1
$\begingroup$

Definition of $k$-sorted array: An array in which an element is at-most $k$ places away from its sorted order.

I have a question in my Algorithms assignment which asks to prove the lower bound to sort a $k$-sorted array as $\Omega(n\log{k})$. I was trying to approach this question by using the standard comparison sort proof ($\Omega(n!)$), where we have $n!$ total permutations of the sequence [$a_1,a_2,\cdots,a_n$]. My friend told me that there are $k^{(n-k)}k!$ permutations of a $k$-sorted array. I'm finding it difficult to prove the same. How should I go about finding the total permutations of a $k$-sorted array?

Try for $n=5$, $k=2$.

Total permutation is $3\times 3\times 3\times 2\times 1$, First element has 3 possibilities $\{1,2,3\}$; second has 4 possibilities $\{1,2,3,4\}$, but one position is already taken by the first,so effectively it has $(4-1)$ slots; third has 5 possibilities $\{1,2,3,4,5\}$, but first and second are there in one of these two, hence 3 possibilities; Fouth one has 4 slots $\{2,3,4,5\}$ and 3 of them are taken? (doubt: because 1st position can also be occupied) , hence 2 , and the last has one.

$\endgroup$
  • 1
    $\begingroup$ (1) Every $k$-sorted array is also $k+i$-sorted, for $i>0$. So the problem gets easier with increasing $k$. Your lower bound on the other hand gets larger with increasing $k$. That seems off. (2) The formula from your friend claims that there is only a snigle 1-sorted permutation, which is wrong. $\endgroup$ – FrankW Sep 24 '14 at 7:25
  • 1
    $\begingroup$ You never mentioned what kind of lower bound you're interested in. I'm assuming you want to sort a $k$-sorted array, in which case you will need at least $\log_2 N_k$ comparisons, where $N_k$ is the number of $k$-sorted arrays. If so, please make that clear. $\endgroup$ – Yuval Filmus Sep 24 '14 at 13:40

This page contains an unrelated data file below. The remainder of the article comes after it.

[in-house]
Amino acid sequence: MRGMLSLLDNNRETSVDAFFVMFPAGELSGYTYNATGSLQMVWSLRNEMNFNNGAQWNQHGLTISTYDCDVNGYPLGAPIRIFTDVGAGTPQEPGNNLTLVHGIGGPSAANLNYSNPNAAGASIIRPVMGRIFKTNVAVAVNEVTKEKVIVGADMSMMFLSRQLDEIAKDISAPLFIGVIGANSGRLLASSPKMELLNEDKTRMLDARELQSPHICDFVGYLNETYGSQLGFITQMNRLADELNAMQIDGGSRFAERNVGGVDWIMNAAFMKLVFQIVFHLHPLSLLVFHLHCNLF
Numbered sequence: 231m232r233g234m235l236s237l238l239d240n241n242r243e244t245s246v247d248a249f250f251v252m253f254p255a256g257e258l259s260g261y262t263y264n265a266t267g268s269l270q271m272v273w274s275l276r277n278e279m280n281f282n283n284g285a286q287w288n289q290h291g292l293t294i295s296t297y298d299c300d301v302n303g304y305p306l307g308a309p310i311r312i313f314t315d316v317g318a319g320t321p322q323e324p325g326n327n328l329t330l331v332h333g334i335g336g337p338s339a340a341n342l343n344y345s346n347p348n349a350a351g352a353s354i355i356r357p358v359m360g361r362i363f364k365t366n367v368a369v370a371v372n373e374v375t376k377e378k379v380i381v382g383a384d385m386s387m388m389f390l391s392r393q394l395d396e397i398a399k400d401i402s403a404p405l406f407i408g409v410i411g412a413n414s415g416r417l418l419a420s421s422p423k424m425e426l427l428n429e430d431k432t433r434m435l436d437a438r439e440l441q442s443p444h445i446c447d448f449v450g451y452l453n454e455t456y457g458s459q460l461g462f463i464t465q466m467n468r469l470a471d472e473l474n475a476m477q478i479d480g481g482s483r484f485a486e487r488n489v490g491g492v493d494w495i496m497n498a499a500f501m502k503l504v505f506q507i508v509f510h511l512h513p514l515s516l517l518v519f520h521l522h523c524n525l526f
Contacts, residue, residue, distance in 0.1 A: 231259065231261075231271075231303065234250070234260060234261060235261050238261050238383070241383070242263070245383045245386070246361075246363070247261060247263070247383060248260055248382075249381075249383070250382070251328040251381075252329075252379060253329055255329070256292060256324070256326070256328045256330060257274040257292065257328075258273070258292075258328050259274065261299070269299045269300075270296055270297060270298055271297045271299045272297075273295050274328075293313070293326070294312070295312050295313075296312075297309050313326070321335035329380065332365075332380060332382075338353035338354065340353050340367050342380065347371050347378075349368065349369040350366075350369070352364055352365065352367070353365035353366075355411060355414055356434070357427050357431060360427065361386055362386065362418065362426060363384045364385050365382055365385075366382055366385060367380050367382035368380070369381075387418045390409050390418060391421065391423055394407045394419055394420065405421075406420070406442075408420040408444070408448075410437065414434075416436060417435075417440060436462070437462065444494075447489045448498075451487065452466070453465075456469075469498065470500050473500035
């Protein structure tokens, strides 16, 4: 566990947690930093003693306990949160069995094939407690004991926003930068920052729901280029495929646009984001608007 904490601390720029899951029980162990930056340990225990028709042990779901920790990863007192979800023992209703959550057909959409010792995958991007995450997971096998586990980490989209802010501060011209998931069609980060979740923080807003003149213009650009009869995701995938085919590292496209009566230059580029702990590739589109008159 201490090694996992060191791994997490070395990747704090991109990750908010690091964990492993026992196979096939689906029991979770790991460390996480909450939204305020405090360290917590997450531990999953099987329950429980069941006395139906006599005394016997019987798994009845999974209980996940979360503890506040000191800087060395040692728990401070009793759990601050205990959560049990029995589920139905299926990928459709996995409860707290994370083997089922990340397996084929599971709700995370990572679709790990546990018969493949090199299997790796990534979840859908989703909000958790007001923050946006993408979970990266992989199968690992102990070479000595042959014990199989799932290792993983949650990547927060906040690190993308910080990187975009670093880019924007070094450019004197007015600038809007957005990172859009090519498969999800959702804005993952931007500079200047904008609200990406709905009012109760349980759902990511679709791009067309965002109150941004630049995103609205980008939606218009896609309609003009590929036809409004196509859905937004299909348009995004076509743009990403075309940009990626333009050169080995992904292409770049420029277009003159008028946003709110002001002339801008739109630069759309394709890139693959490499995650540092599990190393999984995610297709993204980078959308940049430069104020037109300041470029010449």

• $\begingroup$ @FrankW The smaller the $k$, the stronger the promise on the input array, so the easier the problem is (assuming the problem is indeed to sort the array). $\endgroup$ – Yuval Filmus Sep 24 '14 at 13:40
  • $\begingroup$ I was assuming that the task is to go from unsorted to $k$-sorted. Now I see, this is indeed unspecified. $\endgroup$ – FrankW Sep 24 '14 at 13:47
1
$\begingroup$

Let $N(n,k)$ be the number of $k$-sorted arrays on $n$ elements. At each position we have at most $(2k+1)$ possible elements, giving an upper bound of $(2k+1)^n$. On the other hand, suppose that we divide $\{1,\ldots,n\}$ into $n/k$ blocks of size $k$ (assuming for simplicity that $k$ divides $n$), and apply an arbitrary permutation on each block. All of these arrays are $k$-sorted, showing that $N(n,k) \geq k!^{n/k}$. In total, $$ k!^{n/k} \leq N(n,k) \leq (2k+1)^n \\ \frac{n}{k} (k \log k - k + O(\log k)) \leq \log N(n,k) \leq n \log(2k+1) $$ We conclude that $\log N(n,k) = \Theta(n \log k)$.

For the exact expression, consult a paper of Kløve or the OEIS.

$\endgroup$
  • $\begingroup$ Nice proof, But i would like to find N(n,k) , the exact mathematical value of it, using permutaions . $\endgroup$ – Learner Sep 24 '14 at 14:44
  • 1
    $\begingroup$ You might be disappointed, as there is no nice formula for $N(n,k)$. For example, for $k=1$ you get the Fibonacci numbers, and it only gets more complicated, though for every given $k$ you can write a reasonably simple formula. I added a reference giving this formula. $\endgroup$ – Yuval Filmus Sep 24 '14 at 15:13
  • $\begingroup$ thanks for the links. Can you explain how it will be fibonacci numbers when k=1 $\endgroup$ – Learner Sep 24 '14 at 16:33
  • 1
    $\begingroup$ Perhaps it's better you worked it out yourself. Try to see how the Fibonacci recurrence $F_n = F_{n-1} + F_{n-2}$ connects to $1$-sorted permutations. You could even look at some examples, that is, lists of all $1$-sorted permutations for small $n$. The same general idea leads to the formula given in the link. $\endgroup$ – Yuval Filmus Sep 24 '14 at 16:35
  • $\begingroup$ please corect me if i am wrong(Case k=1) : suppose we have a[1,..,n] , Element 1 can take 2 slots namely, 1 and 2 . If the it chooses slot one , then we have F(n-1), id it chooses slot 2 , it means position 2 has to be in slot 1 ,and hence possibilities is F(n-2)..F(n)=F(n-1)+F(n-2) ? $\endgroup$ – Learner Sep 24 '14 at 16:39

Your Answer

By clicking “Post Your Answer”, you agree to our terms of service, privacy policy and cookie policy

Not the answer you're looking for? Browse other questions tagged or ask your own question.